ALLEGHENY COUNTY (KDKA) — Rain has been causing a lot of flooding around the region this year.

One of the hardest hit places is along McKnight Road in the North Hills, and crews may have figured out the reason why.

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The sun was breaking through the clouds in the North Hills late Friday afternoon, which meant no additional rain, at least for the time being. That’s good news for a section of McKnight Road, which has been plagued recently by chronic flooding because of the heavy rains.

The last thing anyone wants is additional rain before a contractor has time to repair an old broken underground storm water line which Ross Township officials believe is responsible for the persistent flooding, which has drivers frustrated.

Faye Liebro says she and her mother were recently on McKnight Road, when the road was flooded by high water.

“They need to fix this, so it’s safer for everybody,” Liebro told KDKA-TV’s Ralph Iannotti. “We’re all tired of it.”

Watch John Shumway’s report —


“For the last three or four weeks, we’ve seen an incredible number of floods on McKnight Road, some larger than others,” Ross Township commissioner Stephen Korbel said. “We believe [the broken pipe] was the cause. It’s located on private property, so it’s not the Township’s responsibility.”

But officials say the Township will worry about property lines later.

“We need to be proactive, and we need to find a solution,” Korbel said.

Brush and trees have now been cleared from the excavation area, and heavy equipment is on scene in standby mode.

The collapsed section of pipe is behind an old McKnight Road mattress store. The pipe is about five feet in diameter, and 20 or-so feet underground.

“We went down in and looked upstream, and we could actually see the collapse,” Public Works director Michael Funk said. “There was probably 20 percent of the pipe open.”

When there’s a lot of rain over a short span of time, the ruptured line creates an underground dam, and the overflow ends up in a low point in and around the intersection McKnight and Seibert Roads.

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A couple of years ago, a large sinkhole opened up in a McKnight Road parking lot, and partially swallowed a car. The broken sewer line that caused the sinkhole is part of the same main storm water system involved in the more recent flooding.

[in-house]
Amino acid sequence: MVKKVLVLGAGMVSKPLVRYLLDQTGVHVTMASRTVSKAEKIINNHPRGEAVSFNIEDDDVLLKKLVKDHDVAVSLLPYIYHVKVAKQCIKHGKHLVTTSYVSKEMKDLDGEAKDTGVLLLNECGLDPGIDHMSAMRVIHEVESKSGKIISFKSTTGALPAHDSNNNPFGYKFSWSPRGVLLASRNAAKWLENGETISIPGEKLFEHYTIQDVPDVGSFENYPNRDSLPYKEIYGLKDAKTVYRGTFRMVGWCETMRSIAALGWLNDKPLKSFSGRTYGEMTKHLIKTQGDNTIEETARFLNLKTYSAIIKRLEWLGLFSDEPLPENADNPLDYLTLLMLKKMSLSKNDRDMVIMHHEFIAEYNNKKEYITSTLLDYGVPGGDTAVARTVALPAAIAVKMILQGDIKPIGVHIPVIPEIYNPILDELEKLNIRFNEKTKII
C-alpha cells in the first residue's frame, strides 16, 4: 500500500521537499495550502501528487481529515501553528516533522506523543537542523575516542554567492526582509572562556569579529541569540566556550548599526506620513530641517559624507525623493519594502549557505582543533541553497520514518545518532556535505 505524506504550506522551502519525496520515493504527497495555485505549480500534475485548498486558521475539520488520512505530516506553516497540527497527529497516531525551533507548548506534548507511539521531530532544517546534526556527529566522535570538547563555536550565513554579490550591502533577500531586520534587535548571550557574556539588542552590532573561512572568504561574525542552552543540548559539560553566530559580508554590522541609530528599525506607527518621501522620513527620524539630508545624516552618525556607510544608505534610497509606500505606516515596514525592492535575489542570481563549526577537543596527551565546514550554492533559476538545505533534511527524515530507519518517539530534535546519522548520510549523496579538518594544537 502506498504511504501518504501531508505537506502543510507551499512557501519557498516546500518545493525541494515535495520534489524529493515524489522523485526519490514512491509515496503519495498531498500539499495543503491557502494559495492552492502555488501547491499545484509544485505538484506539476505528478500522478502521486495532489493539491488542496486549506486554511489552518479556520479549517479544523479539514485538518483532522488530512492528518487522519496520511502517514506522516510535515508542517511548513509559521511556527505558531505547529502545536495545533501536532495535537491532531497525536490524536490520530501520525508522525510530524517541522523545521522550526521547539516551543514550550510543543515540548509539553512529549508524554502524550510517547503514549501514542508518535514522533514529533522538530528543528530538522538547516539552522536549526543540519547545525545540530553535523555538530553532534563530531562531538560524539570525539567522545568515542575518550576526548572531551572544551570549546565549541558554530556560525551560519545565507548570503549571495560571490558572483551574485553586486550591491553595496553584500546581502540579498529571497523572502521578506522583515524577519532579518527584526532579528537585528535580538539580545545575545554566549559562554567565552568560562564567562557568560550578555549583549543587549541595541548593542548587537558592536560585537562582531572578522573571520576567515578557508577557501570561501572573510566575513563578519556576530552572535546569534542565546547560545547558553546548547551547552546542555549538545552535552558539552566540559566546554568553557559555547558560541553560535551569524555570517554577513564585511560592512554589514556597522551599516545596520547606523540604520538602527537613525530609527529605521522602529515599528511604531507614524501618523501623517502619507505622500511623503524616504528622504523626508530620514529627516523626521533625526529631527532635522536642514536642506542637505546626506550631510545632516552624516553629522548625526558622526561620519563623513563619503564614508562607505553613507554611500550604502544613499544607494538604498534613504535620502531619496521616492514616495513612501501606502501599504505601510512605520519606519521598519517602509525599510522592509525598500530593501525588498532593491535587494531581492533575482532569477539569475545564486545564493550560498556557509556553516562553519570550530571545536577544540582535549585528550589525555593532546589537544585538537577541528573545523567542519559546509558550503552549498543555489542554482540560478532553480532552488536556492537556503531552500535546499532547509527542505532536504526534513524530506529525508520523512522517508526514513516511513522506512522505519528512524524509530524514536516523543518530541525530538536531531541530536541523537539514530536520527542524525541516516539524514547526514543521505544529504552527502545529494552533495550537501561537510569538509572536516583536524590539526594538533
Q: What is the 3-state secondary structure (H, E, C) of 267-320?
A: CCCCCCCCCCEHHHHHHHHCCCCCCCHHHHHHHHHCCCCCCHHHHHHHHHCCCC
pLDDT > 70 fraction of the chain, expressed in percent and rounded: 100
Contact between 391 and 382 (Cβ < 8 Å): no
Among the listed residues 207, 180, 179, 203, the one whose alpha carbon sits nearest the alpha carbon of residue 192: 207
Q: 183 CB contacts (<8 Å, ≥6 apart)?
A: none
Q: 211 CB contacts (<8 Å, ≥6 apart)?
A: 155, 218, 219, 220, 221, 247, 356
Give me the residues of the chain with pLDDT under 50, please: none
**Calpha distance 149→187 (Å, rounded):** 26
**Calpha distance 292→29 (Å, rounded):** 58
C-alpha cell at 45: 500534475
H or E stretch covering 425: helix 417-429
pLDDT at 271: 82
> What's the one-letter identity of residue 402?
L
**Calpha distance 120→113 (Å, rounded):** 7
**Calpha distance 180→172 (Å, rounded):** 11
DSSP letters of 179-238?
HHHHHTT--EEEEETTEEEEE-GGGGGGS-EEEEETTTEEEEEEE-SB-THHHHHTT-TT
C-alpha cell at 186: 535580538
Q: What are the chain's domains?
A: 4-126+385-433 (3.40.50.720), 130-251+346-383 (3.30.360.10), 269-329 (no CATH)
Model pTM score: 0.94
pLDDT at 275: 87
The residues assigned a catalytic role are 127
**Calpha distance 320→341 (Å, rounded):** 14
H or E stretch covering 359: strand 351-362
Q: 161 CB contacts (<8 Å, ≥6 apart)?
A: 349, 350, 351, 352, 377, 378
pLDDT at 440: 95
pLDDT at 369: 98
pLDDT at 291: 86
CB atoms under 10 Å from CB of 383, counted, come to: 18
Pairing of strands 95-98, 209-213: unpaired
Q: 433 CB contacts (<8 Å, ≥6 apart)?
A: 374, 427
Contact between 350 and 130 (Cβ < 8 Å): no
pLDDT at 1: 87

Watch Bob Allen’s report —


There’s a similar situation along Streets Run Road in the South Hills. Mud, rocks and water have covered the road on numerous occasions over the past few weeks, and one business owner is fed up with it.

A creek has caused severe flooding along Streets Run Road more than half a dozen times so far this year. Baldwin Borough officials admit something has to be done to correct the problem, but it won’t be easy.

“Topography is a challenge,” Baldwin Borough business manager John Barrett said. “It’s at a low point, steep slopes around it, urbanized area. So yeah, it has its challenges.”

When the water rises, it always seems to happen in front of business owner Tim Chapon’s greenhouses. Water usually gets close to the front door, but once this year, about 4 feet found its way into the greenhouse.

Flooding has happened eight times outside of Chapon’s, and it’s taking a toll on the owners.

“It’s more than just a clean-up,” Chapon said. “It’s just the lost business. I mean, the dollars add up.”

This year, the borough declared an emergency and met with state officials to get an emergency permit to clean up the creek.

“We’ve walked the stream. We know there’s a concrete block, there’s low-hanging trees,” Barrett said. “There’s a lot of areas where the stream just can’t pass and it goes onto the roadway.”

Barrett says they’re looking at ways to fix the problem in Baldwin, but they don’t want to make conditions worse for people who live downstream in Hayes.

“The fear is, you know, downstream from there, you hear about the neighborhood of Hayes that also has flooding,” Barrett said. “So you gotta careful that what we do doesn’t create a worse situation for our neighbors below us.”

No timetable has been set for when the creek will be cleaned up. The borough hopes to one day replace Streets Run Road to permanently eliminate flooding.

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